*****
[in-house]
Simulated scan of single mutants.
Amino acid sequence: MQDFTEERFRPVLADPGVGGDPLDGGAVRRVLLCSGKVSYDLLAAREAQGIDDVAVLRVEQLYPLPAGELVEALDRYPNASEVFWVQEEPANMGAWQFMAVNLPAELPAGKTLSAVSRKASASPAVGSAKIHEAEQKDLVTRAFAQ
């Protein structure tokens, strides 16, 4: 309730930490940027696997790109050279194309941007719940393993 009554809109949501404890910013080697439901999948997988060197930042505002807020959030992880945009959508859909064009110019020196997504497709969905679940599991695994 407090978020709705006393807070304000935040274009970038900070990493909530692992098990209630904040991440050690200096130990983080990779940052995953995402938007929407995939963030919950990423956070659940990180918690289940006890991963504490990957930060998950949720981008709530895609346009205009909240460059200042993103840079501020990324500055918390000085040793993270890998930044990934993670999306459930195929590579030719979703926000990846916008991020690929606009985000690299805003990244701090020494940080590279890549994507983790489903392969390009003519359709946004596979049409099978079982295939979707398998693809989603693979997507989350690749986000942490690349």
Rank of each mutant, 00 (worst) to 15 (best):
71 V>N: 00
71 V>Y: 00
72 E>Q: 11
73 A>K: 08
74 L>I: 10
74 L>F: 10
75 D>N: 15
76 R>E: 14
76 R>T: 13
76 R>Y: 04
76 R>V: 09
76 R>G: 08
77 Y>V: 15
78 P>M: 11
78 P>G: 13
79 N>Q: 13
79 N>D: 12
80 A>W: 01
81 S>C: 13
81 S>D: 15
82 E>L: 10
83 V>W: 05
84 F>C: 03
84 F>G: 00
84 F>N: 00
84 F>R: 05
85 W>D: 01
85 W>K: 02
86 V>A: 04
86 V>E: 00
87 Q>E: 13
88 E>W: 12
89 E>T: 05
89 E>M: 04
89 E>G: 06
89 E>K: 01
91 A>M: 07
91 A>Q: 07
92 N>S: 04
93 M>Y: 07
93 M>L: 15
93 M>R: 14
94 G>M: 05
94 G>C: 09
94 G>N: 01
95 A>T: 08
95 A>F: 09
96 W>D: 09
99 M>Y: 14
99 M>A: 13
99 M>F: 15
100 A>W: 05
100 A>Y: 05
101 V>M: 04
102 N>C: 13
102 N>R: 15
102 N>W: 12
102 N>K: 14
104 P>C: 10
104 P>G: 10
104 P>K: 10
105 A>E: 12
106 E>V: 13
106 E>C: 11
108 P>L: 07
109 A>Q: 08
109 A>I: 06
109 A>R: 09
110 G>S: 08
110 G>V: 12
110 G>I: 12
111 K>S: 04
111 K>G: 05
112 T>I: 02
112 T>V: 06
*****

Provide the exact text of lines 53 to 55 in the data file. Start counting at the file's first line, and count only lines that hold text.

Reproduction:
96 W>D: 09
99 M>Y: 14
99 M>A: 13